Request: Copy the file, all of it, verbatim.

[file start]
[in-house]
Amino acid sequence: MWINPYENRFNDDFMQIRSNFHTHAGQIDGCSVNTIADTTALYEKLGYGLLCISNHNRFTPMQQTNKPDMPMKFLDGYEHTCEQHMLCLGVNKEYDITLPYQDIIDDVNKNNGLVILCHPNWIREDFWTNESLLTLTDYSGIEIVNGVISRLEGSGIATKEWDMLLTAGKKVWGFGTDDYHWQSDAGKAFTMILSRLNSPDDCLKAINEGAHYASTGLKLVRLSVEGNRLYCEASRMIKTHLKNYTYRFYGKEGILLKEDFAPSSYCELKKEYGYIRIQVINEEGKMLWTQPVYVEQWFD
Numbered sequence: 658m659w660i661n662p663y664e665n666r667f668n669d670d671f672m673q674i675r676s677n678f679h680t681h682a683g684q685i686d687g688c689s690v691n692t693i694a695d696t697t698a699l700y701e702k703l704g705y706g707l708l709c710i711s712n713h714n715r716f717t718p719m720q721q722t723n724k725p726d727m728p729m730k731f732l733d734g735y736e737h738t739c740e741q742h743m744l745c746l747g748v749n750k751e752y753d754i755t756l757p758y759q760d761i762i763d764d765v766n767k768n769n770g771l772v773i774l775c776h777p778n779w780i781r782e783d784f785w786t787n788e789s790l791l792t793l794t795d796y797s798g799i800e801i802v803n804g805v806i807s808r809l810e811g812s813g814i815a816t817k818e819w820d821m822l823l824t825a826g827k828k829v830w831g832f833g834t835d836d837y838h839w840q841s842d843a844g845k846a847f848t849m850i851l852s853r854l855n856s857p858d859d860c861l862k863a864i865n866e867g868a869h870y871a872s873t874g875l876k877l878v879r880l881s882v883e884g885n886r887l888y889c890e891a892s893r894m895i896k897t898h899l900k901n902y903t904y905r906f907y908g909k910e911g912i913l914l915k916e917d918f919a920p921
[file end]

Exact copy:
[in-house]
Amino acid sequence: MWINPYENRFNDDFMQIRSNFHTHAGQIDGCSVNTIADTTALYEKLGYGLLCISNHNRFTPMQQTNKPDMPMKFLDGYEHTCEQHMLCLGVNKEYDITLPYQDIIDDVNKNNGLVILCHPNWIREDFWTNESLLTLTDYSGIEIVNGVISRLEGSGIATKEWDMLLTAGKKVWGFGTDDYHWQSDAGKAFTMILSRLNSPDDCLKAINEGAHYASTGLKLVRLSVEGNRLYCEASRMIKTHLKNYTYRFYGKEGILLKEDFAPSSYCELKKEYGYIRIQVINEEGKMLWTQPVYVEQWFD
Numbered sequence: 658m659w660i661n662p663y664e665n666r667f668n669d670d671f672m673q674i675r676s677n678f679h680t681h682a683g684q685i686d687g688c689s690v691n692t693i694a695d696t697t698a699l700y701e702k703l704g705y706g707l708l709c710i711s712n713h714n715r716f717t718p719m720q721q722t723n724k725p726d727m728p729m730k731f732l733d734g735y736e737h738t739c740e741q742h743m744l745c746l747g748v749n750k751e752y753d754i755t756l757p758y759q760d761i762i763d764d765v766n767k768n769n770g771l772v773i774l775c776h777p778n779w780i781r782e783d784f785w786t787n788e789s790l791l792t793l794t795d796y797s798g799i800e801i802v803n804g805v806i807s808r809l810e811g812s813g814i815a816t817k818e819w820d821m822l823l824t825a826g827k828k829v830w831g832f833g834t835d836d837y838h839w840q841s842d843a844g845k846a847f848t849m850i851l852s853r854l855n856s857p858d859d860c861l862k863a864i865n866e867g868a869h870y871a872s873t874g875l876k877l878v879r880l881s882v883e884g885n886r887l888y889c890e891a892s893r894m895i896k897t898h899l900k901n902y903t904y905r906f907y908g909k910e911g912i913l914l915k916e917d918f919a920p921